Inequity, and the harrowing list of problems that come with it, is making Toronto an unhappy place for many to live.
According to the Toronto Foundation’s annual Toronto’s Vital Signs report released this week, our city “despite strong physical health … is by several measures the least happy city in the country, with our young people the least happy of all."
The 144-page report pulls no punches, declaring that as the gap between the affluent and poor widens, the problems will only intensify.
The report claims “emergency room visits for mental health are increasing extremely rapidly among young adults, as are hospitalizations for eating disorders." It also points out deaths from opioids and alcohol poisoning are increasingly rapidly, often affecting low-income groups the hardest.
The report also investigated categories such as safety, culture, education and housing. Citing a recent Toronto Public Health report, the 17th annual Vital Signs study says that Torontonians with lower incomes had worse outcomes in 20 of the 34 indicators they studied. The report cited that men in the lowest income group were “50 per cent more likely to die before age 75 than men in the highest income group."
Rates of unhappiness were much lower among low income residents between the ages of 18 to 29. People who don’t own their own homes were also found to have low life-satisfaction and much lower rates of happiness than the rest of the GTA.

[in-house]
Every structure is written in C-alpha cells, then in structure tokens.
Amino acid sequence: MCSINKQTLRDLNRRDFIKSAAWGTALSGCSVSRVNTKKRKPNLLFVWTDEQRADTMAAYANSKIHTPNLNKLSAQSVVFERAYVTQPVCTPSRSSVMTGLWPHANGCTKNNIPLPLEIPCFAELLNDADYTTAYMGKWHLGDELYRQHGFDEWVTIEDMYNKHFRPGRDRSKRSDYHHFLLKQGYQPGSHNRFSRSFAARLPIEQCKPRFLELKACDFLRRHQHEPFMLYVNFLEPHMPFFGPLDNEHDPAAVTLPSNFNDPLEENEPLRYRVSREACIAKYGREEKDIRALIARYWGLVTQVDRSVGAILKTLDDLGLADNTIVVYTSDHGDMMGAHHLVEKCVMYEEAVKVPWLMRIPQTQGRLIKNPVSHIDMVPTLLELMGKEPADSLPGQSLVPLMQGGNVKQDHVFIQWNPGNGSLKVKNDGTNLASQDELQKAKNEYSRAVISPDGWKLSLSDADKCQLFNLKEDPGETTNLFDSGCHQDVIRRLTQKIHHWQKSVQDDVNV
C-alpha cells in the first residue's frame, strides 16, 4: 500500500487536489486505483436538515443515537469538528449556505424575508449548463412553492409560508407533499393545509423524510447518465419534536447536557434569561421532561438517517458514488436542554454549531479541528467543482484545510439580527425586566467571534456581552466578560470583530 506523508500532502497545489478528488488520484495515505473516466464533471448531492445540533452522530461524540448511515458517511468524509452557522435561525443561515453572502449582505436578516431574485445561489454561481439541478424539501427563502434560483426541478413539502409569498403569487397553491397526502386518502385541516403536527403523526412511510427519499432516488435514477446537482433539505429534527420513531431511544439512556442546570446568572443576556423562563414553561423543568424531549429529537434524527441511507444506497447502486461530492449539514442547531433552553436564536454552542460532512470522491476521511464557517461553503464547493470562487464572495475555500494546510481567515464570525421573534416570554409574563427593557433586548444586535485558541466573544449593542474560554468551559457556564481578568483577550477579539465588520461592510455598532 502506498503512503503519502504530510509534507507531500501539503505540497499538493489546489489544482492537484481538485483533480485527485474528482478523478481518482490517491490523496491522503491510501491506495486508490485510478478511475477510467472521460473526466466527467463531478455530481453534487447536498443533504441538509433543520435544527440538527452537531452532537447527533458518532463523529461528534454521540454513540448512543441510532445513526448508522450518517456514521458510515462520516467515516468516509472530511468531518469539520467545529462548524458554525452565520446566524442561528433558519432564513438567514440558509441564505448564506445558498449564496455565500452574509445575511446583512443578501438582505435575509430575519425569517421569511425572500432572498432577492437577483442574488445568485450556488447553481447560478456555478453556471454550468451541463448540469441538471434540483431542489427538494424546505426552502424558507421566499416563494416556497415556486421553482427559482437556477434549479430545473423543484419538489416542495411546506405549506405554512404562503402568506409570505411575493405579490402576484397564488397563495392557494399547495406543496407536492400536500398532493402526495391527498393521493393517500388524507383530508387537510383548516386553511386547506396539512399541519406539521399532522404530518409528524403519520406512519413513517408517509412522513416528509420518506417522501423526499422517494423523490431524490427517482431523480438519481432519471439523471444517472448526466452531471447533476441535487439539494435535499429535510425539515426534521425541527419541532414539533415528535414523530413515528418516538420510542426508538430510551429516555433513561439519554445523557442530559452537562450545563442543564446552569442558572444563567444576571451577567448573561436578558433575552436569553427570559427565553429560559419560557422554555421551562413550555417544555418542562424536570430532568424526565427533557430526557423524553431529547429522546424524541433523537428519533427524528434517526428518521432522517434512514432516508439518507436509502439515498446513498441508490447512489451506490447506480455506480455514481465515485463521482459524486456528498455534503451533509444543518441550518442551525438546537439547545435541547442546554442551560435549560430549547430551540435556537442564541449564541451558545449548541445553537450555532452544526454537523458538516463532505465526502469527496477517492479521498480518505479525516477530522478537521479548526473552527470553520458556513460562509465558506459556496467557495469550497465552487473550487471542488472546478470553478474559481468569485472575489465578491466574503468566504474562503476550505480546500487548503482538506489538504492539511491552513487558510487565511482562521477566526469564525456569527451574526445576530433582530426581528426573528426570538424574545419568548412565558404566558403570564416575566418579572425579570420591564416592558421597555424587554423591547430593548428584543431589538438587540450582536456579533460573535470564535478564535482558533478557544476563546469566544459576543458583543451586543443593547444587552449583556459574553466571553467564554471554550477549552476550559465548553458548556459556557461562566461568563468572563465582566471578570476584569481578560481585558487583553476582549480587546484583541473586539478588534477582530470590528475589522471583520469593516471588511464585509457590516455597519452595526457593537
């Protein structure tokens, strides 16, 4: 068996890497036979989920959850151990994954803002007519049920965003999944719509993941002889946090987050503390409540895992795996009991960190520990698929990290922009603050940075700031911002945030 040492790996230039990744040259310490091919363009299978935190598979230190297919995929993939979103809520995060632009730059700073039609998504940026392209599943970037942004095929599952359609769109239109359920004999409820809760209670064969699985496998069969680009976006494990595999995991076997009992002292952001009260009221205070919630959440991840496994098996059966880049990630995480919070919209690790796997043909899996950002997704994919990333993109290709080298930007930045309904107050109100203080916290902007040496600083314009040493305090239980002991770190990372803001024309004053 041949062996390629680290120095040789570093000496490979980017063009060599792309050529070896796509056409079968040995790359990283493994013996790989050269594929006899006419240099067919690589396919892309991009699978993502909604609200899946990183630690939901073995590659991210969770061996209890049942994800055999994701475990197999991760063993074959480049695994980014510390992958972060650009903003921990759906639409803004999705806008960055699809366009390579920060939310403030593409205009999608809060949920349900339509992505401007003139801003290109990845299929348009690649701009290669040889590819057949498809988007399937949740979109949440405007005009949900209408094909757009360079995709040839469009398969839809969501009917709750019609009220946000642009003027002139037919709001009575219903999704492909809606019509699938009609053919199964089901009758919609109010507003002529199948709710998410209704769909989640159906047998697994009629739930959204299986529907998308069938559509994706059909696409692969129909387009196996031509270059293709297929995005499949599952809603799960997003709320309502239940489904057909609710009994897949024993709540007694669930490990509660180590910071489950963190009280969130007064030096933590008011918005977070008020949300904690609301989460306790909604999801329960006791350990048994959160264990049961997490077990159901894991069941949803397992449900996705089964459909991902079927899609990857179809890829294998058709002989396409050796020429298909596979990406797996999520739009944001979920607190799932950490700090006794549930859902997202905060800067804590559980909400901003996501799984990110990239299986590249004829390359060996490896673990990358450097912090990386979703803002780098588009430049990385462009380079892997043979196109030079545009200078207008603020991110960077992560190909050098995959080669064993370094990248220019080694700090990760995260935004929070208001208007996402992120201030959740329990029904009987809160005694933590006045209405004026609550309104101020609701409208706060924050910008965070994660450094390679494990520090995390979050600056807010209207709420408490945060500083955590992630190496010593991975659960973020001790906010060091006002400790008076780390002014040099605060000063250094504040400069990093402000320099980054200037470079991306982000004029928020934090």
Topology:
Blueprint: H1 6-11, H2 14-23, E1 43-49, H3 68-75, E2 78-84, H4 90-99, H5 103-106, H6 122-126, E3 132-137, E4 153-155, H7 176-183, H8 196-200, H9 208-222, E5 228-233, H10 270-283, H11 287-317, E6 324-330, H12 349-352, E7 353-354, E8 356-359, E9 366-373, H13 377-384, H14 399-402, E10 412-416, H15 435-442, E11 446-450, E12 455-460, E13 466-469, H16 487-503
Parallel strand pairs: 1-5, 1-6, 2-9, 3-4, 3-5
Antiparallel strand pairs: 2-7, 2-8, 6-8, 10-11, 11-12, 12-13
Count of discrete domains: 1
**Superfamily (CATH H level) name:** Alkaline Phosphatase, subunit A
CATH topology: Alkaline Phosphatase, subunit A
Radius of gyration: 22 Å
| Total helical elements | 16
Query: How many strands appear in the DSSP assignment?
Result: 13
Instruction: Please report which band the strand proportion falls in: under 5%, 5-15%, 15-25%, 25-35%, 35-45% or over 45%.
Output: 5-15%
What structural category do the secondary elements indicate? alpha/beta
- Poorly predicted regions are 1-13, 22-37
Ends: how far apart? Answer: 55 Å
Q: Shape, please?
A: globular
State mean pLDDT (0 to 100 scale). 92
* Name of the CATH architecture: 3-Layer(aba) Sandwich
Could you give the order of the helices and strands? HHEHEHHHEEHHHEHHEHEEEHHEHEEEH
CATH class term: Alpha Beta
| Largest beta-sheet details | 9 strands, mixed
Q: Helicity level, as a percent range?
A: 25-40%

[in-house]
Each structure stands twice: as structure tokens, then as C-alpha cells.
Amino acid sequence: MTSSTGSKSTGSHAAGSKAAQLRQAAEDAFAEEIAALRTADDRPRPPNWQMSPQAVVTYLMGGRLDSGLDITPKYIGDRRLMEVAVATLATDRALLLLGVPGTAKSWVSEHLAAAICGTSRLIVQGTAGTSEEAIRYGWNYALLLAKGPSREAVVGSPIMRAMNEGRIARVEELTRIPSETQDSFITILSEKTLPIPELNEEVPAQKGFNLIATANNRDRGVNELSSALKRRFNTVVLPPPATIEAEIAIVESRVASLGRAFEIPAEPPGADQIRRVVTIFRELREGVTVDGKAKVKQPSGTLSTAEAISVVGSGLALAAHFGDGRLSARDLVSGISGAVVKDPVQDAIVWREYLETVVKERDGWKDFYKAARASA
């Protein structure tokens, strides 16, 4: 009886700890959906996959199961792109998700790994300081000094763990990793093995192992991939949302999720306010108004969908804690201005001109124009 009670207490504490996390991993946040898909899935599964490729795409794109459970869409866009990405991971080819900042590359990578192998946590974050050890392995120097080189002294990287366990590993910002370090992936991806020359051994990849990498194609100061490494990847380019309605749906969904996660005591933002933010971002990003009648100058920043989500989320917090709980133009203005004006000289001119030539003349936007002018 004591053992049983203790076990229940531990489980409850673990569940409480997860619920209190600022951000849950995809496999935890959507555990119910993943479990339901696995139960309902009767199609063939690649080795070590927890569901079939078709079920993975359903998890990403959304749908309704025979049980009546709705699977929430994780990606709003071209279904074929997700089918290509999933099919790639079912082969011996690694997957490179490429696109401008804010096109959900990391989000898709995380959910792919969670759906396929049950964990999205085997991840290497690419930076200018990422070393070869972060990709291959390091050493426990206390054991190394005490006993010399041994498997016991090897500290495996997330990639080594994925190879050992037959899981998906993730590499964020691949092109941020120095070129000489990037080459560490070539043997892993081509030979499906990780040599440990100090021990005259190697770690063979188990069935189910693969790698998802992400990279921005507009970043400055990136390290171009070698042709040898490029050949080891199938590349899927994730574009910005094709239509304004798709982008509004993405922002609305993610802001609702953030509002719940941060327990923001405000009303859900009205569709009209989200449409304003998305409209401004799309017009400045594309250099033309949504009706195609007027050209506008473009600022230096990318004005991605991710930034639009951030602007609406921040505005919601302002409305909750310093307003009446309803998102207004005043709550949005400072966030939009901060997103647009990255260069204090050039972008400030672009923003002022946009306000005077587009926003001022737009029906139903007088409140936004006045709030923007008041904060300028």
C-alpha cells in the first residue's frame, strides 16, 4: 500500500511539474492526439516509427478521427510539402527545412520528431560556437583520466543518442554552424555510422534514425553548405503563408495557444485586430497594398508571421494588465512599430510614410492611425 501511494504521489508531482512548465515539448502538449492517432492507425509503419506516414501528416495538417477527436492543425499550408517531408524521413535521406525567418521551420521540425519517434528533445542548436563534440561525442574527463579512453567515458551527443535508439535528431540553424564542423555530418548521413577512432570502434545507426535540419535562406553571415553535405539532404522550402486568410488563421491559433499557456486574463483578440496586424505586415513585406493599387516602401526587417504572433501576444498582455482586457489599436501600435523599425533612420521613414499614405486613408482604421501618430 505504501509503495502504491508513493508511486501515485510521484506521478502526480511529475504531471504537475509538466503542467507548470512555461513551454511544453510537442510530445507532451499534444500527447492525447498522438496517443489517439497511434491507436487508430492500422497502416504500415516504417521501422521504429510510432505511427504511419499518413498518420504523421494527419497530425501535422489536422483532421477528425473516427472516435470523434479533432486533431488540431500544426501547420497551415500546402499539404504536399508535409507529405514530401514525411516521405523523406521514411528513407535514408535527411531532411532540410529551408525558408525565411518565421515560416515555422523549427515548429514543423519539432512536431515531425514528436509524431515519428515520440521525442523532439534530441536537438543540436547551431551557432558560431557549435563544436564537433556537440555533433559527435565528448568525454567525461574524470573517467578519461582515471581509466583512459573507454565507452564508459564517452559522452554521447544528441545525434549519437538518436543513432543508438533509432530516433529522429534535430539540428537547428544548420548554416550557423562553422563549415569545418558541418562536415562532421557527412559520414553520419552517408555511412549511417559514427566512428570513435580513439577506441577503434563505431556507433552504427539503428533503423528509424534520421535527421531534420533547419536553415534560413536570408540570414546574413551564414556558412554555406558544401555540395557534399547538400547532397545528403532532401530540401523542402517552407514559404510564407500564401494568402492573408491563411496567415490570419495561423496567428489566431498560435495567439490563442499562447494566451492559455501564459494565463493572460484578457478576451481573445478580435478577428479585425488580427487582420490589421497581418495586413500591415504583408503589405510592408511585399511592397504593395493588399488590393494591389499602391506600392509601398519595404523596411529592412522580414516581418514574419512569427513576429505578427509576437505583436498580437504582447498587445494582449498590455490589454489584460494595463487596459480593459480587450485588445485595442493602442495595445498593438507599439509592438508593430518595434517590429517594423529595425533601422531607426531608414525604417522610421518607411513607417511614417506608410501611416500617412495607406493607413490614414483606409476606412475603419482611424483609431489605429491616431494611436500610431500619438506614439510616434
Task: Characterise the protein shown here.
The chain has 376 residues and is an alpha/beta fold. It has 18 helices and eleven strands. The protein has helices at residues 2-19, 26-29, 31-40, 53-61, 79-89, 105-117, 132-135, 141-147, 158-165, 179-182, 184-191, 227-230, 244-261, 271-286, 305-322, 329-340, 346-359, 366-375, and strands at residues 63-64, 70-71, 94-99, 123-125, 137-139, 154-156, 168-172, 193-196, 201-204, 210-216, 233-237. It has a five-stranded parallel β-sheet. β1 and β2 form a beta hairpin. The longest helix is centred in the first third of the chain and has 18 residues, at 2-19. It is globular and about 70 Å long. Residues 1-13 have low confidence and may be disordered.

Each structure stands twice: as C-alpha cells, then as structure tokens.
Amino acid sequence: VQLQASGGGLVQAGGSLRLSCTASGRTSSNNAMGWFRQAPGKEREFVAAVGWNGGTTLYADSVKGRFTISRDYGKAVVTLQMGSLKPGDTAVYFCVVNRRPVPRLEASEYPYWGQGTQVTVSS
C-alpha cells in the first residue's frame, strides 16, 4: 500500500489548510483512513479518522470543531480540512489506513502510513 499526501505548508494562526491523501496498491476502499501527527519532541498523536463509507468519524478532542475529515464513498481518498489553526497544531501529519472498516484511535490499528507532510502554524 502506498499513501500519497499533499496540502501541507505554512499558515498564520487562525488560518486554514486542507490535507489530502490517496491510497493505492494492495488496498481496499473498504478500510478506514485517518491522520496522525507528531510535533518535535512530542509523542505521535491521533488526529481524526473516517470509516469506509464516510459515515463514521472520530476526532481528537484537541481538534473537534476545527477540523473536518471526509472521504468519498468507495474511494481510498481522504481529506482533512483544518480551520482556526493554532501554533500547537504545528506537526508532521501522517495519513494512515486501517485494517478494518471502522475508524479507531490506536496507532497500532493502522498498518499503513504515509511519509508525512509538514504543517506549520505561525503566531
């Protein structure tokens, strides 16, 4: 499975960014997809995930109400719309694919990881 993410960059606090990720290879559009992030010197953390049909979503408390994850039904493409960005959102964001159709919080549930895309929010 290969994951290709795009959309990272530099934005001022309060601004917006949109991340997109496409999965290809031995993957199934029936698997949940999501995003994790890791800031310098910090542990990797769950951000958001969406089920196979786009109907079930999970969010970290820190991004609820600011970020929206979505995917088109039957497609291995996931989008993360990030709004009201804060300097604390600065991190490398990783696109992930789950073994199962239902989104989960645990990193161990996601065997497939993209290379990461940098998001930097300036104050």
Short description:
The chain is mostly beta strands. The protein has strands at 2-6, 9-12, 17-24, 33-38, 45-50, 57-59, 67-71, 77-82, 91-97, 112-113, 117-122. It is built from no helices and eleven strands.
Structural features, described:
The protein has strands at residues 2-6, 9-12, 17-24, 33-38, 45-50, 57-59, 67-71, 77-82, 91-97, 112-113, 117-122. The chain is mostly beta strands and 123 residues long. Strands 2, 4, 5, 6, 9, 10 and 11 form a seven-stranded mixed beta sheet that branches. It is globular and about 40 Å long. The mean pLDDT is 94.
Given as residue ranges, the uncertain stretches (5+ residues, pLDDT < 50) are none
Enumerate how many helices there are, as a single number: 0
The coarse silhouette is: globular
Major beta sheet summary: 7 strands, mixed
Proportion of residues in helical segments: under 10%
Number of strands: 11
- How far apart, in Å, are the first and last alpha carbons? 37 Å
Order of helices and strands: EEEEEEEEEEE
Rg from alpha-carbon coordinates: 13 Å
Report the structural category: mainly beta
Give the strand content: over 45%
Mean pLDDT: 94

So, despite being a city with so many positives (booming economy, low unemployment, higher life expectancies, lower death rates), Toronto is firmly in the grips of a growing inequity problem.
“Toronto does not work for all,” said Toronto Foundation CEO Sharon Avery. “In fact, for a growing majority, life in the city poses a serious struggle, and the trend lines suggest things will get worse before they get better. For those who think that things are no tougher today, Toronto's Vital Signs is a wake-up call. We've compiled more data than ever before and the evidence is clear: inequality is the new normal."
A letter from grassroots leaders in support of the Vital Signs report posted in the opinion section of The Toronto Star points out:
“So, what is the reality of living in a low-income neighbourhood?
• Physical and mental health outcomes are significantly lower and social isolation is higher
• Many low-income neighbourhoods have among the lowest public transit access in the city and many are not set up for walking or biking to work
• Many live in towers and yet there is less access to public green space here than in neighbourhoods with mostly single-family homes and backyards
• Feelings of safety are lowest here but there is a shortage of safe places for children to play